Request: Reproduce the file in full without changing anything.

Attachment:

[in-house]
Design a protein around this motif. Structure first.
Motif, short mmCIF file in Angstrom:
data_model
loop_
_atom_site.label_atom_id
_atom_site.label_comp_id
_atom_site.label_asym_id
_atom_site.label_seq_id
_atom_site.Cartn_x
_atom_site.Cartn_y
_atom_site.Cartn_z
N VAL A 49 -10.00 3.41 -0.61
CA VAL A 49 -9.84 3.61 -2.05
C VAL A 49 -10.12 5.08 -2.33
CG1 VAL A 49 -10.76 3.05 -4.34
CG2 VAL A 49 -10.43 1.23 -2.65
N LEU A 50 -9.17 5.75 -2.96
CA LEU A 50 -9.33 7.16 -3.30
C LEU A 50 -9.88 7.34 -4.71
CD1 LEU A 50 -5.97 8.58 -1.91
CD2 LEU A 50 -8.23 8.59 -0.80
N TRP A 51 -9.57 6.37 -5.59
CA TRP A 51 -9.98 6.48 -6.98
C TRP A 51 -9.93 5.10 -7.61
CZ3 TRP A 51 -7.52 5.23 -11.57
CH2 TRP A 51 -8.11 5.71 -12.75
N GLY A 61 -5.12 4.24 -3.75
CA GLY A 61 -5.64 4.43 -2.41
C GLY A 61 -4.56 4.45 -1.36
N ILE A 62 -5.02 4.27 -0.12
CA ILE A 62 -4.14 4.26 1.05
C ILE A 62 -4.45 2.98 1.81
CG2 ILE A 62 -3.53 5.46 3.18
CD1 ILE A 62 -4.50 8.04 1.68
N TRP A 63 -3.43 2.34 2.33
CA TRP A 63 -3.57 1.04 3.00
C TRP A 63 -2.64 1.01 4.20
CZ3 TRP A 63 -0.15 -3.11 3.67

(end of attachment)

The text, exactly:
[in-house]
Design a protein around this motif. Structure first.
Motif, short mmCIF file in Angstrom:
data_model
loop_
_atom_site.label_atom_id
_atom_site.label_comp_id
_atom_site.label_asym_id
_atom_site.label_seq_id
_atom_site.Cartn_x
_atom_site.Cartn_y
_atom_site.Cartn_z
N VAL A 49 -10.00 3.41 -0.61
CA VAL A 49 -9.84 3.61 -2.05
C VAL A 49 -10.12 5.08 -2.33
CG1 VAL A 49 -10.76 3.05 -4.34
CG2 VAL A 49 -10.43 1.23 -2.65
N LEU A 50 -9.17 5.75 -2.96
CA LEU A 50 -9.33 7.16 -3.30
C LEU A 50 -9.88 7.34 -4.71
CD1 LEU A 50 -5.97 8.58 -1.91
CD2 LEU A 50 -8.23 8.59 -0.80
N TRP A 51 -9.57 6.37 -5.59
CA TRP A 51 -9.98 6.48 -6.98
C TRP A 51 -9.93 5.10 -7.61
CZ3 TRP A 51 -7.52 5.23 -11.57
CH2 TRP A 51 -8.11 5.71 -12.75
N GLY A 61 -5.12 4.24 -3.75
CA GLY A 61 -5.64 4.43 -2.41
C GLY A 61 -4.56 4.45 -1.36
N ILE A 62 -5.02 4.27 -0.12
CA ILE A 62 -4.14 4.26 1.05
C ILE A 62 -4.45 2.98 1.81
CG2 ILE A 62 -3.53 5.46 3.18
CD1 ILE A 62 -4.50 8.04 1.68
N TRP A 63 -3.43 2.34 2.33
CA TRP A 63 -3.57 1.04 3.00
C TRP A 63 -2.64 1.01 4.20
CZ3 TRP A 63 -0.15 -3.11 3.67